Some would say the speech was just rhetoric of a corrupt politician trying to deflect attention away from his crimes. But is that the truth? The proof is readily available. Numerous articles on this blog have shown that Brazilian society detests seeing black and poor people in areas where they are believed to be “out of place”. The resentment of the middle class seeing their children attending the same university as the family’s maid. During Lula’s presidency, Afro-Brazilians gained unprecedented access to middle-class consumption in numbers never seen before in the nation’s history, and as one article showed, certain segments of society were “none too pleased about it.”
And then what about what has happened in the aftermath of the exit of Lula from the presidency and the ouster of Rousseff? To put it simply chaos. A President who is fighting his own corruption charges and single digit approval ratings. A tanking economy, which to be fair, was already in a tailspin fall before the impeachment. The return of many who had managed to rise out of poverty back to the ranks of the poor, numerous draconian reform policies that threaten to take Brazil back to the stone ages and a recent decision to send in the army to police Rio’s poor. All of this just to keep the (black and poor) masses “in their place”. Don’t believe me? Check what sociologist Jesse Souza had to say on the issue.
Hatred of the poor is the modern version of the hate of the slave
Sociologist Jessé Souza, author of the bestseller A elite do atraso (The elite of the delay), evaluates that the military intervention in Rio de Janeiro is an open sociology class, with favelados (slum dwellers) being booked by soldiers, who also come from the peripheries; according to him, “hatred of the poor is the modern version of hatred of the slave,” which was the mark of colonial Brazil; according to him, “the PT has not left and is not being persecuted because of corruption, but because it has allocated more resources to the poor”.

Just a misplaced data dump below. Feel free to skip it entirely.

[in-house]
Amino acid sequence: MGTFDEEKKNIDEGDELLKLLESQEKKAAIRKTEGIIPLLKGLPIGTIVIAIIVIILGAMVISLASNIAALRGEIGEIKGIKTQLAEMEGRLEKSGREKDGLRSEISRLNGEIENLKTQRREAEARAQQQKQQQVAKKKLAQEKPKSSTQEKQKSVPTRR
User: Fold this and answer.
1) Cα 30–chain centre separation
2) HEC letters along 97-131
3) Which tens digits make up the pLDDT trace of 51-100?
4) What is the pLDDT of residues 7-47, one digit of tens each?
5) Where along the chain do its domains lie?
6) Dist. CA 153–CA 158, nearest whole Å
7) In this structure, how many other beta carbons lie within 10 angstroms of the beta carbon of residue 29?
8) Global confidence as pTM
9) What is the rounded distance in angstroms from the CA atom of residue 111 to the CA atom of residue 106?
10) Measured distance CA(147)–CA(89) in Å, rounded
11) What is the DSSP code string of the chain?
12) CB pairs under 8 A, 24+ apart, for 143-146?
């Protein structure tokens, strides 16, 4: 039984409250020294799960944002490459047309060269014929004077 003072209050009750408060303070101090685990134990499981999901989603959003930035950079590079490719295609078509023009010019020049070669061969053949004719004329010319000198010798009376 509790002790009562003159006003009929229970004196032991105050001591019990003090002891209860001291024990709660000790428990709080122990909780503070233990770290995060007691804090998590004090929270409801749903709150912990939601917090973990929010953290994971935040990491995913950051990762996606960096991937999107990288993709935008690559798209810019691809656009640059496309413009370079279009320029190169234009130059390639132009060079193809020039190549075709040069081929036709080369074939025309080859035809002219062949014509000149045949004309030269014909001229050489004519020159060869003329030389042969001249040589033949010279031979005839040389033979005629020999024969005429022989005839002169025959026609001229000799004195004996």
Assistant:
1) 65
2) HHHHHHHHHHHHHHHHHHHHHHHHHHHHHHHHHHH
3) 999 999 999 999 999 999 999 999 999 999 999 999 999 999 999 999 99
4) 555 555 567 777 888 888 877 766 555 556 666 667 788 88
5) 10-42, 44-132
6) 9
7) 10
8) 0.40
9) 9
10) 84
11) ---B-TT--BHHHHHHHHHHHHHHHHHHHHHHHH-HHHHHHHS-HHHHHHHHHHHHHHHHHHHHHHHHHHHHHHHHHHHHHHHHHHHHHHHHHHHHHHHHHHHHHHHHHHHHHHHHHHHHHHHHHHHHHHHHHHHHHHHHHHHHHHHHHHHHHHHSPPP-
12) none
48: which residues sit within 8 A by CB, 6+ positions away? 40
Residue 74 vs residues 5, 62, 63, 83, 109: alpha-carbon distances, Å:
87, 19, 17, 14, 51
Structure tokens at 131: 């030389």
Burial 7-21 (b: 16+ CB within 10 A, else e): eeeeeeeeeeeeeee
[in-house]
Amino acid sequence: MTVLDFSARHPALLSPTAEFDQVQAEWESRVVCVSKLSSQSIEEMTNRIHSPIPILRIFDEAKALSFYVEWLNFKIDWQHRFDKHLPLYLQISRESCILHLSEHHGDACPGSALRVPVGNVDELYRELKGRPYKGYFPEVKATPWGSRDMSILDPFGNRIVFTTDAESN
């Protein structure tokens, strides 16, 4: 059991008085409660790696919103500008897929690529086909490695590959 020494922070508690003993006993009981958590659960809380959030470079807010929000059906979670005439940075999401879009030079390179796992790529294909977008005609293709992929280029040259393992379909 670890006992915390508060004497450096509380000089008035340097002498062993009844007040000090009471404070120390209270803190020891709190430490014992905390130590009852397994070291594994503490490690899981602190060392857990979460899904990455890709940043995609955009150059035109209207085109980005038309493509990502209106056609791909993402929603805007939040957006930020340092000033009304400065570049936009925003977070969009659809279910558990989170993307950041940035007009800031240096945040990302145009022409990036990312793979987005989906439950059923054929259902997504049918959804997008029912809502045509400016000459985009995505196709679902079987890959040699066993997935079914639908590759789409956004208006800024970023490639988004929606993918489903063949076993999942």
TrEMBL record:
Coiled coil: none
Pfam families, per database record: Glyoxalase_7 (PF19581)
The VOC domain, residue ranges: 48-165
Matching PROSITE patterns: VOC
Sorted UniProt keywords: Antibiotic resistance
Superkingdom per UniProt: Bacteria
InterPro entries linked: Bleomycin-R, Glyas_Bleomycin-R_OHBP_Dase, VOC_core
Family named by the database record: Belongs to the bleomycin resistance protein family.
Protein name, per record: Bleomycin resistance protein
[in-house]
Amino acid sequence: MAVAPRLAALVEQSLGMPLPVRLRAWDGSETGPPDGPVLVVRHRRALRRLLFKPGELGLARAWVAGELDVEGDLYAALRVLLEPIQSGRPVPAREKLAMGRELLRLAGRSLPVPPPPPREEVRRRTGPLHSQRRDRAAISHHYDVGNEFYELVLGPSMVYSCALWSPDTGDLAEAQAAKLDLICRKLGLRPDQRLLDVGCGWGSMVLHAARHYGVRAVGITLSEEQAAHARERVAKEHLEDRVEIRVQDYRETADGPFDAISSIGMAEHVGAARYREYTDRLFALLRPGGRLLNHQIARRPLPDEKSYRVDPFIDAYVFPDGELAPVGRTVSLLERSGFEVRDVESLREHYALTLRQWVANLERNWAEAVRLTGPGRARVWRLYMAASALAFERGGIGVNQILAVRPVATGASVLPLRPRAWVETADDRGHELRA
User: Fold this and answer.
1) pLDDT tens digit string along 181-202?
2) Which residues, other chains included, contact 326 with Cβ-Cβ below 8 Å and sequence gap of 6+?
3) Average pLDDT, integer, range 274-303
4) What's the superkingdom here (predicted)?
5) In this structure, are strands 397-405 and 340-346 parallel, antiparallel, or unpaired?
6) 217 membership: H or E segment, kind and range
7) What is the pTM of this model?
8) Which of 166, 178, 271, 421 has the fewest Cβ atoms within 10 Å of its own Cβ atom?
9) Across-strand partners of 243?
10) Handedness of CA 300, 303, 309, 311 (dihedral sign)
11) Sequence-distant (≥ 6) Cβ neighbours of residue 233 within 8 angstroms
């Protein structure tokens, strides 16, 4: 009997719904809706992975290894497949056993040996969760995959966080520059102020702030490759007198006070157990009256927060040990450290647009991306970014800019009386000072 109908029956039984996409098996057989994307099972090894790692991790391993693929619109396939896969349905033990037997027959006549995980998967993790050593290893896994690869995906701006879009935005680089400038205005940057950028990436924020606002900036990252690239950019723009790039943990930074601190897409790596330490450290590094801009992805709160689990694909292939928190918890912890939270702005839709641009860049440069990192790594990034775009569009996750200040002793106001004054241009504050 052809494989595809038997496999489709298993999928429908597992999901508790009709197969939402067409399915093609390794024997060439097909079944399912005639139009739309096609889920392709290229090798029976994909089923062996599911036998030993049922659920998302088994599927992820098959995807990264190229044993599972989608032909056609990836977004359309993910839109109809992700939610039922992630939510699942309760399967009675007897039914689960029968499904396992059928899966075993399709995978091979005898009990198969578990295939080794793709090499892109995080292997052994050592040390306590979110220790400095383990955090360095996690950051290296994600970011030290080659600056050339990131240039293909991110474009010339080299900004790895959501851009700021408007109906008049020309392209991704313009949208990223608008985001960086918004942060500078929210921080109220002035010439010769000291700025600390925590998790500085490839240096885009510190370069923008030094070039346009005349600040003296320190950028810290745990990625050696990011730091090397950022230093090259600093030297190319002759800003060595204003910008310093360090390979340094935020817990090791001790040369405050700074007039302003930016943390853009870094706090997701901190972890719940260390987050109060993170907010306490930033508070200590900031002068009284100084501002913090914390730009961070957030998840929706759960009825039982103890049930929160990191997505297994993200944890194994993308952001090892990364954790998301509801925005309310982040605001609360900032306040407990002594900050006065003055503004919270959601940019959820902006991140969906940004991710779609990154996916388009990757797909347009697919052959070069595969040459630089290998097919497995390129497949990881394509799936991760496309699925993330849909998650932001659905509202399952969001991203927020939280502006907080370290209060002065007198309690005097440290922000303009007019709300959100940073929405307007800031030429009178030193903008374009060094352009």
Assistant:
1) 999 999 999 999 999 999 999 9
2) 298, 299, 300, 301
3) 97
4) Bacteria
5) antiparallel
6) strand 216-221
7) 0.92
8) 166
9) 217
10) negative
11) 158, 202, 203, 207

The sociologist Jessé Souza, author of the bestseller A elite do atraso, evaluates that the military intervention in Rio de Janeiro is an open sociology class, with residents of the favelas being booked by soldiers, who also come from peripheries (slums). According to him, “hatred of the poor is the modern version of hatred of the slave,” which was the mark of colonial Brazil.
According to Jesse, “hatred of the poor is the main Brazilian political and social problem and comes from 500 years.” He points out that there is “the indiscriminate killing of the poor as an informal policy in all major Brazilian cities.” “It’s not the police, the police only do it because it’s supported by the middle class and the elite,” he says. “Hatred of the poor is the modern version of the hatred of the slave.”
The PT (Workers’ Party) in his view, “didn’t leave and is not being persecuted because of corruption,” but because it has allocated more resources to the poor. “What I say in the book is that a power alliance between the elite and the middle class has been in place since 1930, and that the guarantor of this block is maintaining the distance from the poor. The Lula government diminished this distance, not only giving consumption power to the poorest, but increasing from three to eight million people in the universities.”
Source: Brasil 24/7